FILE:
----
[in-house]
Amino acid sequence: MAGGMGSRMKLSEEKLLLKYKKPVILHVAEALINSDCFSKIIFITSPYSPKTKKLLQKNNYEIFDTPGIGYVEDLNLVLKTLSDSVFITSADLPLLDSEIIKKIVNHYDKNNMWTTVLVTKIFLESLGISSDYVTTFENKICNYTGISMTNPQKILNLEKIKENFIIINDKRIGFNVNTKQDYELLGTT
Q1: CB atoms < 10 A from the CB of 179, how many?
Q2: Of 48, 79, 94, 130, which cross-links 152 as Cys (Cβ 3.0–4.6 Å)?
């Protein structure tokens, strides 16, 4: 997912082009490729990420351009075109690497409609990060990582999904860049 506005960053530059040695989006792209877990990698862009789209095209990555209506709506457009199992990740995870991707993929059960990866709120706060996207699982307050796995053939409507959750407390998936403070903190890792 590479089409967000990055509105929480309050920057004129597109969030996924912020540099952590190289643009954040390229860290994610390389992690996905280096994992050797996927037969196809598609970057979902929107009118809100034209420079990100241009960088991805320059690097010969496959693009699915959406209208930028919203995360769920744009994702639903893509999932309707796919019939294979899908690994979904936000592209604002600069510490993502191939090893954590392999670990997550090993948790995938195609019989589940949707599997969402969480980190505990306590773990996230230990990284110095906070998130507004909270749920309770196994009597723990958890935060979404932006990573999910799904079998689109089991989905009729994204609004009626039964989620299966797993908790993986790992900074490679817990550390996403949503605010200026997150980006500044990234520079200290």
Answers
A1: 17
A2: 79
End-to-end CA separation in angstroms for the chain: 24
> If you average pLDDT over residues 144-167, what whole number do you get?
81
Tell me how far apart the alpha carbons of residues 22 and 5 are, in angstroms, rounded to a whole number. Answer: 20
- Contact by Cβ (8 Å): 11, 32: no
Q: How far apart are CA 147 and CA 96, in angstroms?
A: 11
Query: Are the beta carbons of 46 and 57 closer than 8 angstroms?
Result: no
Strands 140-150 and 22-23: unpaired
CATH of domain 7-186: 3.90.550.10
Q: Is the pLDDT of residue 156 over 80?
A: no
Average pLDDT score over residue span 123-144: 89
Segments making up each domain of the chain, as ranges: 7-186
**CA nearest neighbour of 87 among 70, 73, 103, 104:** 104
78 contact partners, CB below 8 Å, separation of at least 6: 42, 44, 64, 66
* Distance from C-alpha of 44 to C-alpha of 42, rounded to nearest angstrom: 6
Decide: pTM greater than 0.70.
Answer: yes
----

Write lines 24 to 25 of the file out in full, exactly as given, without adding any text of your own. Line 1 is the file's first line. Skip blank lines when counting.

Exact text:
**CA nearest neighbour of 87 among 70, 73, 103, 104:** 104
78 contact partners, CB below 8 Å, separation of at least 6: 42, 44, 64, 66